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PHY354H1
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Erich Poppitz
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Lecture

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Physics

PHY354H1

Erich Poppitz

Winter

Description

Lecture 12: Varying the Damping Force, and
adding sinusoidal driving forces
What does
mean?
▯ At some point we made the variable change:
= b=2m in our damped
equations. It was presented as a way to simplify the algebra, but it
also has a physical meaning.
▯ In an underdamped (no driving) system, we have found that the solu-
tion is:
x(t) = e
t[Acos(~t) + B sin~t)]
▯ We can ask the question, at what period of the oscillation has the
amplitude A decayed to e▯1 of its original value? At t = 0:
0
x(0) = e A = A
Remember the de▯nition of logarithmic decrement (where T is some
multiple of the period). Since T is a multiple of the period: T =
2▯n=!~ ) !~T = 2▯n, so
▯
(t+T)
x(t + T) = e
x(t) e▯
t
If we set t = 0 we get:
x(T)
= e▯
T
x(0)
The time T when the amplitude has fallen to x(0)=e is therefore given
by:
▯1 ▯
T 1
e = e )
T = 1 )
=
T
So physically,
is the reciprocal of the time it takes for the amplitude
▯1
to decay to e of its original value. Its a measure of how fast the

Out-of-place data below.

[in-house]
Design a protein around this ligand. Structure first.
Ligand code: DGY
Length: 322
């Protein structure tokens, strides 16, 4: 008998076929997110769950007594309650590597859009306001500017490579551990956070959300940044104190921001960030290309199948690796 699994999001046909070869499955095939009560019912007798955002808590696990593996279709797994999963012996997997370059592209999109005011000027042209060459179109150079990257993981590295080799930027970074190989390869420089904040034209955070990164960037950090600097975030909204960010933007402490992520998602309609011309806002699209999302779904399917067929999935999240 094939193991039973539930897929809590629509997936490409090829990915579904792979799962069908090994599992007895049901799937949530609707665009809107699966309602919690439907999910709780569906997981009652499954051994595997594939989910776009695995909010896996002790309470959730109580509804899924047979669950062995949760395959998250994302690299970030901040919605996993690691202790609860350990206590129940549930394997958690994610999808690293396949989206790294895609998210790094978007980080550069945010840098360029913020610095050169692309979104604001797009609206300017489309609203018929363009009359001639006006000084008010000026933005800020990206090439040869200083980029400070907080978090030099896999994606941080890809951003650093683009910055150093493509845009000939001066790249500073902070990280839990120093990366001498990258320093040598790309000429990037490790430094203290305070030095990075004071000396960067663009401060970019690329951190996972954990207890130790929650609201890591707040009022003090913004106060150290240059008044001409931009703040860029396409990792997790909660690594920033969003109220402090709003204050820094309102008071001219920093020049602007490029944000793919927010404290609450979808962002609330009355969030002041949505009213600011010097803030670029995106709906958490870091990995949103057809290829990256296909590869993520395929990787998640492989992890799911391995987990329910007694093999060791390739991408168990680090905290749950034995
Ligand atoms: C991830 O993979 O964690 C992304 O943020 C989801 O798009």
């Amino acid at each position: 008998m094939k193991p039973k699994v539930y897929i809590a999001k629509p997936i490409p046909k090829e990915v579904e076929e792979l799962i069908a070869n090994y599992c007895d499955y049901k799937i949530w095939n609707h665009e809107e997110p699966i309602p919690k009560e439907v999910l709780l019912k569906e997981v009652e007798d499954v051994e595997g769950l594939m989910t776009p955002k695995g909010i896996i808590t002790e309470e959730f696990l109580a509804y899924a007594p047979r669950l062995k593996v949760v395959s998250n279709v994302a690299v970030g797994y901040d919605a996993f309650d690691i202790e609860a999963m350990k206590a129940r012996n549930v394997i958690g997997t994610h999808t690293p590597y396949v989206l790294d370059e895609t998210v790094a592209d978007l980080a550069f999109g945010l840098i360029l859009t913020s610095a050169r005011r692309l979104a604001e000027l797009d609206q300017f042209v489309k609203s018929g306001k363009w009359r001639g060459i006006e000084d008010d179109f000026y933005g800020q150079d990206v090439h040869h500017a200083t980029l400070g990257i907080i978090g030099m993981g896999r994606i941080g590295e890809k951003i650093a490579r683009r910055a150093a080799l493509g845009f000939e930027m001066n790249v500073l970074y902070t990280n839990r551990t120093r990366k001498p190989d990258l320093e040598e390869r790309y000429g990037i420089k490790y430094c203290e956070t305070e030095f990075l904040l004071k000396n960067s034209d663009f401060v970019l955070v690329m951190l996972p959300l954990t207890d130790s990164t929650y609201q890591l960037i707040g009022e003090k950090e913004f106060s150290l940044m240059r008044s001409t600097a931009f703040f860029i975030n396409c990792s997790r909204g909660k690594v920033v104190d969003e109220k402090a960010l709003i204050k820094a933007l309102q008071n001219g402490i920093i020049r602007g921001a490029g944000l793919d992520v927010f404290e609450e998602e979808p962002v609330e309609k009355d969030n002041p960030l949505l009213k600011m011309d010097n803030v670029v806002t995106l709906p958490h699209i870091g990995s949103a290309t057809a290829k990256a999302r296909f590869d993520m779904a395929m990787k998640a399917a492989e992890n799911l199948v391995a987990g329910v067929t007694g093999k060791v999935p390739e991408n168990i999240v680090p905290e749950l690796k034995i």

mechanical energy dissipates to thermal energy from friction.
1 ▯ Notice that the units of
are inverse seconds, the same units a0 ! .
We can therefore de▯ne a non-dimensional ratio of the two quantities:
!
Q = 0
Q is called the "Quality factor" of a system.
▯ Notice that Q is large for systems with lots of oscillations before de-
caying fully (i.e. systems where
is much smaller than0! ). We can
write some of our previous quantities describing damped oscillations
that involve
(lik~;A(! d;▯(! d) in terms of Q. For example:
1. The angular velocity of an underdamped system:
s
q
~ = ! ▯
= ! 1 ▯ 1
0 0 Q 2
Notice that if Q is large, then~ ▯ ! 0nd the motion of the
oscillator is given very nearly by:
▯! t=Q
x(t) = e 0 [Acos(!0t) + B sin(0 t)]
Assume we have completed n full oscillations (i.e. n periods so
t = 2▯n=! 0, then
▯2▯n=Q ▯2▯n=Q ▯2▯n=Q
x(t) ▯ e Acos(2▯n) = e A = e x(0)
So the oscillation amplitude decays by a factor of 1=e in n =
Q=2▯ full oscillations (or cycles). We can therefore get a quick
estimate of how many oscillations occur before damping by 1=e of
the amplitude occurs just by looking at Q.
2. The amplitude of the particular solution in a driven/damped sys-
tem:
2 3
▯ ▯
F0 4q 1 5
A(! d = m 2 2 2 2 (1)
(!0▯ ! d + (2
! )d
▯ ▯ 2 3
F0 1
= 4q 5 (2)
m (!0▯ ! ) + (2! !0=d) 2
d
2 We are going to rewrite this a little by putting all the angular
frequencies in ratio form (e.g. d =0 ). Notice that:
!0 ! d !0▯ ! d
▯ =
!d ! 0 !0!d
Using this in equation (2) we get:
! 2 3
F ! =!
A(! ) = 0 4q 0 d 5
d m! 2 !0 !d 2 4
0 (!d ▯ !0) + Q2
Using di▯erent Q values we can plot this as a function of !
d
(each curve represents a di▯erent Q value). See python program
Aphase dependence onQ.py.
10 A vs omega_d for different Q
Q=1
Q=4
8 Q=8
Q=10
Q=20
6
A
4
2
0.0 0.5 1.0 1.5 2.0
omegad
Notice that there is a maximum amplitude (i.e. a resonance) for
all except the most heavily damped systems. Using our expression
for the frequency where the maximum occurs, we can solve for the
required Q value:
q q
2 2 2
!max = !0▯ 2
= ! 0 1 ▯ 2=Q
p
So a max will occur when Q > 2 (i.e. when the argument of the
square root is positive).
3 3. The phase of the particular solution in a driven/damped system:
2
! d
tan▯ = 2 2
! 0 ! d

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